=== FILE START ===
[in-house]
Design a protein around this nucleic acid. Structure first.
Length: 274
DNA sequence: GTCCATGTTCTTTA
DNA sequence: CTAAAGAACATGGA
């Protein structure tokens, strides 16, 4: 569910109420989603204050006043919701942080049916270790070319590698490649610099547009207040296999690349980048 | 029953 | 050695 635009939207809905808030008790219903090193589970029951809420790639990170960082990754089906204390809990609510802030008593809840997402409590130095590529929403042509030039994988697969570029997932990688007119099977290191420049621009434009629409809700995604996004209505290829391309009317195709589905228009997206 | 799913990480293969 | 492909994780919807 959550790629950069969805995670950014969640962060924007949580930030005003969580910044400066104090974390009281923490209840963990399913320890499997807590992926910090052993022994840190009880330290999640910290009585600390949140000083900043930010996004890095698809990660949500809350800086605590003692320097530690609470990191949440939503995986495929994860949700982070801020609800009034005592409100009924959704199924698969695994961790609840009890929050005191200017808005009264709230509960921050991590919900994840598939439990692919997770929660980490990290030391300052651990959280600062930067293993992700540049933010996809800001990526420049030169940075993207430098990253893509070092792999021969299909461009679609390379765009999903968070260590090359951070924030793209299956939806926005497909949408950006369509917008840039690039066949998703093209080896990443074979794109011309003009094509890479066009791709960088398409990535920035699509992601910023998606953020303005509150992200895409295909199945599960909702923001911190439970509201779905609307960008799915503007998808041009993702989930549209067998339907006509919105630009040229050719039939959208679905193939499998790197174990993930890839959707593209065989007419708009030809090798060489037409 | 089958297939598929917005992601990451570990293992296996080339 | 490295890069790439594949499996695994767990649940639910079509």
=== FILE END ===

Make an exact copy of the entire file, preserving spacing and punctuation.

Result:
[in-house]
Design a protein around this nucleic acid. Structure first.
Length: 274
DNA sequence: GTCCATGTTCTTTA
DNA sequence: CTAAAGAACATGGA
């Protein structure tokens, strides 16, 4: 569910109420989603204050006043919701942080049916270790070319590698490649610099547009207040296999690349980048 | 029953 | 050695 635009939207809905808030008790219903090193589970029951809420790639990170960082990754089906204390809990609510802030008593809840997402409590130095590529929403042509030039994988697969570029997932990688007119099977290191420049621009434009629409809700995604996004209505290829391309009317195709589905228009997206 | 799913990480293969 | 492909994780919807 959550790629950069969805995670950014969640962060924007949580930030005003969580910044400066104090974390009281923490209840963990399913320890499997807590992926910090052993022994840190009880330290999640910290009585600390949140000083900043930010996004890095698809990660949500809350800086605590003692320097530690609470990191949440939503995986495929994860949700982070801020609800009034005592409100009924959704199924698969695994961790609840009890929050005191200017808005009264709230509960921050991590919900994840598939439990692919997770929660980490990290030391300052651990959280600062930067293993992700540049933010996809800001990526420049030169940075993207430098990253893509070092792999021969299909461009679609390379765009999903968070260590090359951070924030793209299956939806926005497909949408950006369509917008840039690039066949998703093209080896990443074979794109011309003009094509890479066009791709960088398409990535920035699509992601910023998606953020303005509150992200895409295909199945599960909702923001911190439970509201779905609307960008799915503007998808041009993702989930549209067998339907006509919105630009040229050719039939959208679905193939499998790197174990993930890839959707593209065989007419708009030809090798060489037409 | 089958297939598929917005992601990451570990293992296996080339 | 490295890069790439594949499996695994767990649940639910079509």